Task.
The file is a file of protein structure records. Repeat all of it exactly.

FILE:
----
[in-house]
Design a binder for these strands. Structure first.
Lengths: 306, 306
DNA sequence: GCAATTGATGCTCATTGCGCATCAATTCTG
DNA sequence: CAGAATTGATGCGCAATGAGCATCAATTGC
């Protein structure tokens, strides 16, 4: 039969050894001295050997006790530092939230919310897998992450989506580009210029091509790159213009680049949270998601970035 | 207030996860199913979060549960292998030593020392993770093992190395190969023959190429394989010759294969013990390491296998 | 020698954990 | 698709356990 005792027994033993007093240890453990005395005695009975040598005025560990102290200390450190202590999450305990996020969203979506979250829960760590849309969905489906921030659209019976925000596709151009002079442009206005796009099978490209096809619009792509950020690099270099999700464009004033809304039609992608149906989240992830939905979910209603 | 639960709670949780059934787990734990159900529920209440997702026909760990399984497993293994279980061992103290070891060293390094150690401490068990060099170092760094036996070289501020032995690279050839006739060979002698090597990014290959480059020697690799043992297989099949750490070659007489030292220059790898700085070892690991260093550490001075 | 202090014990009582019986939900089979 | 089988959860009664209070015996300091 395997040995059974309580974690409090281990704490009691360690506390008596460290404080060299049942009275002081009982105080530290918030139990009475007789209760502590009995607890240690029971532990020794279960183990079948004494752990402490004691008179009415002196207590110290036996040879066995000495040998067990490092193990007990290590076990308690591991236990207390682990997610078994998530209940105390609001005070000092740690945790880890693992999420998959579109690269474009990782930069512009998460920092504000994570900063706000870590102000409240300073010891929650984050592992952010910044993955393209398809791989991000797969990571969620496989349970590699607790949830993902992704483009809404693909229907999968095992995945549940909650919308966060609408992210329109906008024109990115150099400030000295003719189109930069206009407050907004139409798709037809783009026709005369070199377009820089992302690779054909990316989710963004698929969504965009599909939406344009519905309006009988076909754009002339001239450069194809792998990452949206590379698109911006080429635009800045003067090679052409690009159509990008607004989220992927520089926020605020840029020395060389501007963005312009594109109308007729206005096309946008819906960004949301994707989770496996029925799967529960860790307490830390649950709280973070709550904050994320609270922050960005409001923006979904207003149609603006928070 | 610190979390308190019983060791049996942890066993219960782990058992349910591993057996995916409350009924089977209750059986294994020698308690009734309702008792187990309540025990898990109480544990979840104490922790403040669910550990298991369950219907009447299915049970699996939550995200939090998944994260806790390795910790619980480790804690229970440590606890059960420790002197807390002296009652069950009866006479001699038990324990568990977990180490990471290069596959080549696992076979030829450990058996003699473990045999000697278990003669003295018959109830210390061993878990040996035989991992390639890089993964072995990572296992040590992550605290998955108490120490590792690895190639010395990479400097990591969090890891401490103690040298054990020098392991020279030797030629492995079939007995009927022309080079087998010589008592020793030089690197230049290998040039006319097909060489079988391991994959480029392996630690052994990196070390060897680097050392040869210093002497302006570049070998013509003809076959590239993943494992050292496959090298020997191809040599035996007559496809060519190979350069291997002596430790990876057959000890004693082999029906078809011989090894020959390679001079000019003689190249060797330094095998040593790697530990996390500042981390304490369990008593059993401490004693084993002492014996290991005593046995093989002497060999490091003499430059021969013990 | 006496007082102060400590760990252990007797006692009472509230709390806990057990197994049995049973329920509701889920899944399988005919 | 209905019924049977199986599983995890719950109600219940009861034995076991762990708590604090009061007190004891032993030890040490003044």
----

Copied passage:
[in-house]
Design a binder for these strands. Structure first.
Lengths: 306, 306
DNA sequence: GCAATTGATGCTCATTGCGCATCAATTCTG
DNA sequence: CAGAATTGATGCGCAATGAGCATCAATTGC
């Protein structure tokens, strides 16, 4: 039969050894001295050997006790530092939230919310897998992450989506580009210029091509790159213009680049949270998601970035 | 207030996860199913979060549960292998030593020392993770093992190395190969023959190429394989010759294969013990390491296998 | 020698954990 | 698709356990 005792027994033993007093240890453990005395005695009975040598005025560990102290200390450190202590999450305990996020969203979506979250829960760590849309969905489906921030659209019976925000596709151009002079442009206005796009099978490209096809619009792509950020690099270099999700464009004033809304039609992608149906989240992830939905979910209603 | 639960709670949780059934787990734990159900529920209440997702026909760990399984497993293994279980061992103290070891060293390094150690401490068990060099170092760094036996070289501020032995690279050839006739060979002698090597990014290959480059020697690799043992297989099949750490070659007489030292220059790898700085070892690991260093550490001075 | 202090014990009582019986939900089979 | 089988959860009664209070015996300091 395997040995059974309580974690409090281990704490009691360690506390008596460290404080060299049942009275002081009982105080530290918030139990009475007789209760502590009995607890240690029971532990020794279960183990079948004494752990402490004691008179009415002196207590110290036996040879066995000495040998067990490092193990007990290590076990308690591991236990207390682990997610078994998530209940105390609001005070000092740690945790880890693992999420998959579109690269474009990782930069512009998460920092504000994570900063706000870590102000409240300073010891929650984050592992952010910044993955393209398809791989991000797969990571969620496989349970590699607790949830993902992704483009809404693909229907999968095992995945549940909650919308966060609408992210329109906008024109990115150099400030000295003719189109930069206009407050907004139409798709037809783009026709005369070199377009820089992302690779054909990316989710963004698929969504965009599909939406344009519905309006009988076909754009002339001239450069194809792998990452949206590379698109911006080429635009800045003067090679052409690009159509990008607004989220992927520089926020605020840029020395060389501007963005312009594109109308007729206005096309946008819906960004949301994707989770496996029925799967529960860790307490830390649950709280973070709550904050994320609270922050960005409001923006979904207003149609603006928070 | 610190979390308190019983060791049996942890066993219960782990058992349910591993057996995916409350009924089977209750059986294994020698308690009734309702008792187990309540025990898990109480544990979840104490922790403040669910550990298991369950219907009447299915049970699996939550995200939090998944994260806790390795910790619980480790804690229970440590606890059960420790002197807390002296009652069950009866006479001699038990324990568990977990180490990471290069596959080549696992076979030829450990058996003699473990045999000697278990003669003295018959109830210390061993878990040996035989991992390639890089993964072995990572296992040590992550605290998955108490120490590792690895190639010395990479400097990591969090890891401490103690040298054990020098392991020279030797030629492995079939007995009927022309080079087998010589008592020793030089690197230049290998040039006319097909060489079988391991994959480029392996630690052994990196070390060897680097050392040869210093002497302006570049070998013509003809076959590239993943494992050292496959090298020997191809040599035996007559496809060519190979350069291997002596430790990876057959000890004693082999029906078809011989090894020959390679001079000019003689190249060797330094095998040593790697530990996390500042981390304490369990008593059993401490004693084993002492014996290991005593046995093989002497060999490091003499430059021969013990 | 006496007082102060400590760990252990007797006692009472509230709390806990057990197994049995049973329920509701889920899944399988005919 | 209905019924049977199986599983995890719950109600219940009861034995076991762990708590604090009061007190004891032993030890040490003044």